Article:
17.447/17.448 | Cybersecurity

Focuses on the complexity of cybersecurity in a changing world. Examines national and international aspects of overall cyber ecology. Explores sources and consequences of cyber threats and different types of damages. Considers impacts for and of various aspects of cybersecurity in diverse geostrategic, political, business and economic contexts. Addresses national and international policy responses as well as formal and informal strategies and mechanisms for responding to cyber insecurity and enhancing conditions of cybersecurity. Students taking graduate version expected to pursue subject in greater depth through reading and individual research.

17.445/17.446 | International Relations Theory in the Cyber Age

Examines cyber dynamics and processes in international relations from different theoretical perspectives. Considers alternative theoretical and empirical frameworks consistent with characteristic features of cyberspace and emergent transformations at all levels of international interaction. Theories examined include realism and neorealism, institutionalism and liberalism, constructivism, and systems theory and lateral pressure. Highlights relevant features and proposes customized international relations theory for the cyber age. Students taking the graduate version are expected to pursue the subject in greater depth through reading and individual research.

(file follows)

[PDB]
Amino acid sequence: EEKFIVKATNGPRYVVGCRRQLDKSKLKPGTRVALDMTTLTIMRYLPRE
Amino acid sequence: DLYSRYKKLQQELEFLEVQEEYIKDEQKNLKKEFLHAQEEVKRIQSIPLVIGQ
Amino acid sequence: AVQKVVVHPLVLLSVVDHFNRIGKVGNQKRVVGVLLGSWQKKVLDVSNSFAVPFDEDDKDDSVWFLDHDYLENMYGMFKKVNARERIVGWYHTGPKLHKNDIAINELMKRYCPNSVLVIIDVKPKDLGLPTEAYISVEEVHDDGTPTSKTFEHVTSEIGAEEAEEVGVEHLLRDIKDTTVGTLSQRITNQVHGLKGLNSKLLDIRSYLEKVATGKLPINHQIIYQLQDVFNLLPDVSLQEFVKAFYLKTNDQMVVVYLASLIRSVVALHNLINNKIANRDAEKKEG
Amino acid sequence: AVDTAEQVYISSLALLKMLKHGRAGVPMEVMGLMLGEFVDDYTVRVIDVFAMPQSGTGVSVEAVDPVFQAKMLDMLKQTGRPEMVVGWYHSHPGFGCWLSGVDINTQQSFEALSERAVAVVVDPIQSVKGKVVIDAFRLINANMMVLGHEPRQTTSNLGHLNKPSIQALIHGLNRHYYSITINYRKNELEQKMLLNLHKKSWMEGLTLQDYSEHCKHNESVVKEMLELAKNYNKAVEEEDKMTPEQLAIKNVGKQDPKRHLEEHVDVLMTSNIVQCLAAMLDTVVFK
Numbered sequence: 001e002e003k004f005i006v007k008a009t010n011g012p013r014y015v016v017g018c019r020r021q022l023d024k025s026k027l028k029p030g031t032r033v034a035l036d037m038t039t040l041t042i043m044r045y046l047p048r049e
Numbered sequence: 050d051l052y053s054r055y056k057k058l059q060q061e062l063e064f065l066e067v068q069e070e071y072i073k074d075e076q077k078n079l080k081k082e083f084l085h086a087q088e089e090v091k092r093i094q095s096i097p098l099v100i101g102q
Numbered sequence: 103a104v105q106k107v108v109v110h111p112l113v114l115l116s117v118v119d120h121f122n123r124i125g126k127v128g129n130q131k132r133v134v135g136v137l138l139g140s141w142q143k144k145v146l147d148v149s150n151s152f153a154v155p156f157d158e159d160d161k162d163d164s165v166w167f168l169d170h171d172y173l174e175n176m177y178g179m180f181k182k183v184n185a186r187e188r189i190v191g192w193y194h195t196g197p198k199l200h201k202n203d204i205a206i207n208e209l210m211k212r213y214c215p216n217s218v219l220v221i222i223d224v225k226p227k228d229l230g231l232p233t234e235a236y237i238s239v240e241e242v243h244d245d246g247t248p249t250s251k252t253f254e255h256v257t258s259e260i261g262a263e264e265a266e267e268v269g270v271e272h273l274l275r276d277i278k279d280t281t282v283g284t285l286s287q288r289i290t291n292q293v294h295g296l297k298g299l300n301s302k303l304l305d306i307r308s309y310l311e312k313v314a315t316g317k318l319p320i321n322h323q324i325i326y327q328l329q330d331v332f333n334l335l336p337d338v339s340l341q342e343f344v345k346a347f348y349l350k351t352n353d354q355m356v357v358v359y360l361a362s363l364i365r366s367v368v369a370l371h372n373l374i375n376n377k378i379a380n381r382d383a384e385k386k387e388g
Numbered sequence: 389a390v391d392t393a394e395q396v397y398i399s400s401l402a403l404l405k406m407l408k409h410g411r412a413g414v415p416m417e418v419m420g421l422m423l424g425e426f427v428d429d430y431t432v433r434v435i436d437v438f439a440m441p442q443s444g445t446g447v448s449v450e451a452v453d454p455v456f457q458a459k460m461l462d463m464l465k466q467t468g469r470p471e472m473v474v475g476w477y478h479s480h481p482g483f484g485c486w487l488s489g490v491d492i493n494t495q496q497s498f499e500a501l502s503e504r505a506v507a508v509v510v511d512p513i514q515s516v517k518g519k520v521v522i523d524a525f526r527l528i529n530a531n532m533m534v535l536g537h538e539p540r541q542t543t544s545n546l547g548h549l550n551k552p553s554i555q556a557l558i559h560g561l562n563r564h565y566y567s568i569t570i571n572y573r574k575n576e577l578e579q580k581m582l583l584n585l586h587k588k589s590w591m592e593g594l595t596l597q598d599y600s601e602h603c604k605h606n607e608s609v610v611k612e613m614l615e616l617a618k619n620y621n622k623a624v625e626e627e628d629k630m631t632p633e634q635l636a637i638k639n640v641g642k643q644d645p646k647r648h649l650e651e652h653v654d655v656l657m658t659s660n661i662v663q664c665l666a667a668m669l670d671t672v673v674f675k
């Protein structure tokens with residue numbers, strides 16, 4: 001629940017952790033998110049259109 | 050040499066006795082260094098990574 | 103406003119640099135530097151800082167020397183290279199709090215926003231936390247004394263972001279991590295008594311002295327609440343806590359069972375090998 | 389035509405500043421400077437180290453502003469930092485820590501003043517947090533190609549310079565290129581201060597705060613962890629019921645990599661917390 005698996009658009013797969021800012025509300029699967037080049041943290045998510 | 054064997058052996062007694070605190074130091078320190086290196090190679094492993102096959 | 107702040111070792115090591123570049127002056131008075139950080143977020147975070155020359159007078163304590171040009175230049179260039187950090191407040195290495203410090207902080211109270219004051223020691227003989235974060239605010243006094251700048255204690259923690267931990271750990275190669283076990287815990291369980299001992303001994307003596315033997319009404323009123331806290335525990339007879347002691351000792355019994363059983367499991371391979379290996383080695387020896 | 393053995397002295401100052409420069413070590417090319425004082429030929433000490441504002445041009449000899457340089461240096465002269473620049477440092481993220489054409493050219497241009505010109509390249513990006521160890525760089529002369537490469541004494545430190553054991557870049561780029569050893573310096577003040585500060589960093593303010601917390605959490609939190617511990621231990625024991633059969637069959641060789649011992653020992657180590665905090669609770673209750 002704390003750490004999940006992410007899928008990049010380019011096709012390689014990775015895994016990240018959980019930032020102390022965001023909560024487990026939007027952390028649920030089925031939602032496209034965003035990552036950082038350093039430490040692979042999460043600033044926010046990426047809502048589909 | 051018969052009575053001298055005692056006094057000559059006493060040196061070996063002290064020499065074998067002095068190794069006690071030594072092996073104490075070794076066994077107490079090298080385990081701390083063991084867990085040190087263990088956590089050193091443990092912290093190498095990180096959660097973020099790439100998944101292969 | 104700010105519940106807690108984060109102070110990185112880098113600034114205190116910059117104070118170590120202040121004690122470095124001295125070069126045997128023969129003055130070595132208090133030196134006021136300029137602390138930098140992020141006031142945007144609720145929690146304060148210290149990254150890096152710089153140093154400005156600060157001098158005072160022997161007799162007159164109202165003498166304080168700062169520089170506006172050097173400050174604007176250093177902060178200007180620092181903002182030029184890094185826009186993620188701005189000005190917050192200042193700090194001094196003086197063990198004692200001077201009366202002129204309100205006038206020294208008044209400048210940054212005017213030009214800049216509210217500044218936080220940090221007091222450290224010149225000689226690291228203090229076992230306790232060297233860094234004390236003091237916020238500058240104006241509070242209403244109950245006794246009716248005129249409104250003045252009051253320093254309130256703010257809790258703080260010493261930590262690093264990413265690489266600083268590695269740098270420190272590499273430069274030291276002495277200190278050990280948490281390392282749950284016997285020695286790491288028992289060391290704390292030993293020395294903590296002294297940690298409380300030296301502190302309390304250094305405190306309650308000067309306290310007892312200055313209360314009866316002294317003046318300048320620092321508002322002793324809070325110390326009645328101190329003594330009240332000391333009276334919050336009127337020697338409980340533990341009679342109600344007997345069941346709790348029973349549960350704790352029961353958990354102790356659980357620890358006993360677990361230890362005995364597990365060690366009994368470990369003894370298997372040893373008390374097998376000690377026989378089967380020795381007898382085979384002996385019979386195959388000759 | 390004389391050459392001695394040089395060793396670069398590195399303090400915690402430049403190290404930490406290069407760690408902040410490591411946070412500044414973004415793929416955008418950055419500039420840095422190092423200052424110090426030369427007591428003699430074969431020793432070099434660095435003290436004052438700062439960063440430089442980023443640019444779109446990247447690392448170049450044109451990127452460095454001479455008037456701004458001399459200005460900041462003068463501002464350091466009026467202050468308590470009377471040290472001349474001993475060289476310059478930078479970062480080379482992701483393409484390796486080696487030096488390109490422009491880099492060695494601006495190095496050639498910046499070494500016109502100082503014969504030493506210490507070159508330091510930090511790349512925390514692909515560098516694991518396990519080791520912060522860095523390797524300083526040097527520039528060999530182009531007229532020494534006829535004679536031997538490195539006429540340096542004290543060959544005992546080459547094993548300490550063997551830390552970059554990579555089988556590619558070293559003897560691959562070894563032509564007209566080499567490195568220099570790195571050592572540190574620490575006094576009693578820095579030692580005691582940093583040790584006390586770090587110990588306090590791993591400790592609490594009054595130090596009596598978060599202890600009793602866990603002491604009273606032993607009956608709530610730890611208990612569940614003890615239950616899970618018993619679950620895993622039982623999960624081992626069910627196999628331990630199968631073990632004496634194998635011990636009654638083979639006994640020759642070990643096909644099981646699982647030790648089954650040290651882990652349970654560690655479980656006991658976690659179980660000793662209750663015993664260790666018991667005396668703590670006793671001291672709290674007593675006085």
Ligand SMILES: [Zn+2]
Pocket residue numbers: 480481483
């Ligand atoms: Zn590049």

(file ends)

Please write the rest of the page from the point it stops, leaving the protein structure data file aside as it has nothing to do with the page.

17.422 | Field Seminar in International Political Economy

This seminar is a review of the IPE field, covering previous and core research focusing on dual national objectives in a global context, namely, the pursuit of power and pursuit of wealth. It surveys major paradigms of the international political economy, including neoclassical economics, Marxist economics, development and ecological economics, lateral pressure, and perspectives and structural views of power relations. It examines the interaction of politics and economics in international trade, capital flows, foreign investment, intellectual property rights, international migration, and select issues in foreign economic policy in a global context. The course studies the evolution of international economic institutions and attendant political implications.

17.420 | Advances in International Relations Theory

This course focuses on the critical examination of contending theories of international relations. Focusing on alternative theoretical assumptions, different analytical structures, and a common core of concepts and content allows for a comparative analysis of realism(s), liberalism(s), institutionalism(s), and new emergent theories. There is discussion of connections between theories of international relations and major changes in international relations.

17.410/17.411 | Globalization, Migration, and International Relations

Tracing the evolution of international interactions, this class examines the dimensions of globalization in terms of scale and scope. Topics include international environmental issues, impacts and expansion of human activities, and the potential implications for global and national policy. The class analyzes linkages among individuals, nation-states, transnational organizations and firms, international systems, and the global environment. There is a special focus on models of globalization, challenges of sustainable development, evolving types, and institutional responses to globalization and global change.